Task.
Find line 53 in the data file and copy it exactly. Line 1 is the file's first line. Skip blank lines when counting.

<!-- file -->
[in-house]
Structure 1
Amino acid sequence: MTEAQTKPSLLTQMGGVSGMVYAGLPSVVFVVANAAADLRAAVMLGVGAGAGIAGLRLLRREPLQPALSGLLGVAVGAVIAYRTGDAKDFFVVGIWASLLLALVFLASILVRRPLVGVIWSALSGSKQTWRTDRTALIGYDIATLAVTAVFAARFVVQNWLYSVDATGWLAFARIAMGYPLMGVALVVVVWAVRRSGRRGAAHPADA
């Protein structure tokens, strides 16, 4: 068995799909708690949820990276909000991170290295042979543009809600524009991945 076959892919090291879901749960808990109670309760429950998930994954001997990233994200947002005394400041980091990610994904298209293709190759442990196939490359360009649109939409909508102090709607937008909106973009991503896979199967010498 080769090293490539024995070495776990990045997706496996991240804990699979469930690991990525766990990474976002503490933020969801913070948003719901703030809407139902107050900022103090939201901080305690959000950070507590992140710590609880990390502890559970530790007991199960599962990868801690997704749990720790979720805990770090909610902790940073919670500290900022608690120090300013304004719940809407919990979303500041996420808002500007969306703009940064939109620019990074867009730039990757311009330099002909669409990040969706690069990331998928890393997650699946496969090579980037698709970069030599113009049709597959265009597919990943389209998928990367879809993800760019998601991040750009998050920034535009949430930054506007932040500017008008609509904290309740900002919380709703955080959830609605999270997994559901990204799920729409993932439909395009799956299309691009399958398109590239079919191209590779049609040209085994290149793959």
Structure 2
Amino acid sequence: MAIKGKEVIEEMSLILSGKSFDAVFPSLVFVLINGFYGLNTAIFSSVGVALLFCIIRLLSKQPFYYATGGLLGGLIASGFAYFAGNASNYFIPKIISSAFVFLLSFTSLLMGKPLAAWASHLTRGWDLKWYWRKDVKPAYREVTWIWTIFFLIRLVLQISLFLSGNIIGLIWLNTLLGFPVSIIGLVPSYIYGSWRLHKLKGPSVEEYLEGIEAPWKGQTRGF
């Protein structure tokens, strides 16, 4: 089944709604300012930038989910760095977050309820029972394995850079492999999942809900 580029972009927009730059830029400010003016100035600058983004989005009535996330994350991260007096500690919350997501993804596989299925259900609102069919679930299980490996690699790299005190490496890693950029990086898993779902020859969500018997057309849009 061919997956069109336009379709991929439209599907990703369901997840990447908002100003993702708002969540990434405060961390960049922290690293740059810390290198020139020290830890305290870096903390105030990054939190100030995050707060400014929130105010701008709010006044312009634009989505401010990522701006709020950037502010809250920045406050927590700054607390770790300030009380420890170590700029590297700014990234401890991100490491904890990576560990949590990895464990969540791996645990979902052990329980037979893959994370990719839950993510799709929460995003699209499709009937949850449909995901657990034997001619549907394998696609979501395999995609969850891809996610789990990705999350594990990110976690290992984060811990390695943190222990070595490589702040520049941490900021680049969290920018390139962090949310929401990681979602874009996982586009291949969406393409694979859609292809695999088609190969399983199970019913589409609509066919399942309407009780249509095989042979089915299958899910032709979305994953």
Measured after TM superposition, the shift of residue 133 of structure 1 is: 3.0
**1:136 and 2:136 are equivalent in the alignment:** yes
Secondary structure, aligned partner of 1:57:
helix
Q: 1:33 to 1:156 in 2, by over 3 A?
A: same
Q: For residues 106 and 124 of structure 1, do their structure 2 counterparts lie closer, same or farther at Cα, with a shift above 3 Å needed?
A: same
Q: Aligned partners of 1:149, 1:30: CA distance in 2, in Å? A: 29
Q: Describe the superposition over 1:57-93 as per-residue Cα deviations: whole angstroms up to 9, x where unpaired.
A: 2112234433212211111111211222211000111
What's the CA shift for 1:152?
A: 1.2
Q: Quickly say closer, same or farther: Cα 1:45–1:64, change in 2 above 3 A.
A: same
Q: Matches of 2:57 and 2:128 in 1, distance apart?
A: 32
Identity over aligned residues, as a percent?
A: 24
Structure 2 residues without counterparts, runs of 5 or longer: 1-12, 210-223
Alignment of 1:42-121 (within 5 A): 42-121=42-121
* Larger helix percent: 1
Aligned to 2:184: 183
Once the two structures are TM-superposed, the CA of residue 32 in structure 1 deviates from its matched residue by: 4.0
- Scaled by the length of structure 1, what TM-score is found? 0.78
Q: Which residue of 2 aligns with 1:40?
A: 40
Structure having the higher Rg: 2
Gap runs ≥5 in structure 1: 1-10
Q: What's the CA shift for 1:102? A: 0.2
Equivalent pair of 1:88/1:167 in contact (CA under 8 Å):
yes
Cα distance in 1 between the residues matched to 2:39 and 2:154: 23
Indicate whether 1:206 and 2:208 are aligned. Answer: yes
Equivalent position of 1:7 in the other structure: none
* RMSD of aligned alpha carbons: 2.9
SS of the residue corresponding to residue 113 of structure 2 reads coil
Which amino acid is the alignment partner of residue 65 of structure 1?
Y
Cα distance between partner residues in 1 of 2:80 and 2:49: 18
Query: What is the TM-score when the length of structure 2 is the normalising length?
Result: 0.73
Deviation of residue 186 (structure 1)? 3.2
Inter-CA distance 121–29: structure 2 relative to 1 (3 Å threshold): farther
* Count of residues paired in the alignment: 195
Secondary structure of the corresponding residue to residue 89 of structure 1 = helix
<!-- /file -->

Secondary structure of the corresponding residue to residue 89 of structure 1 = helix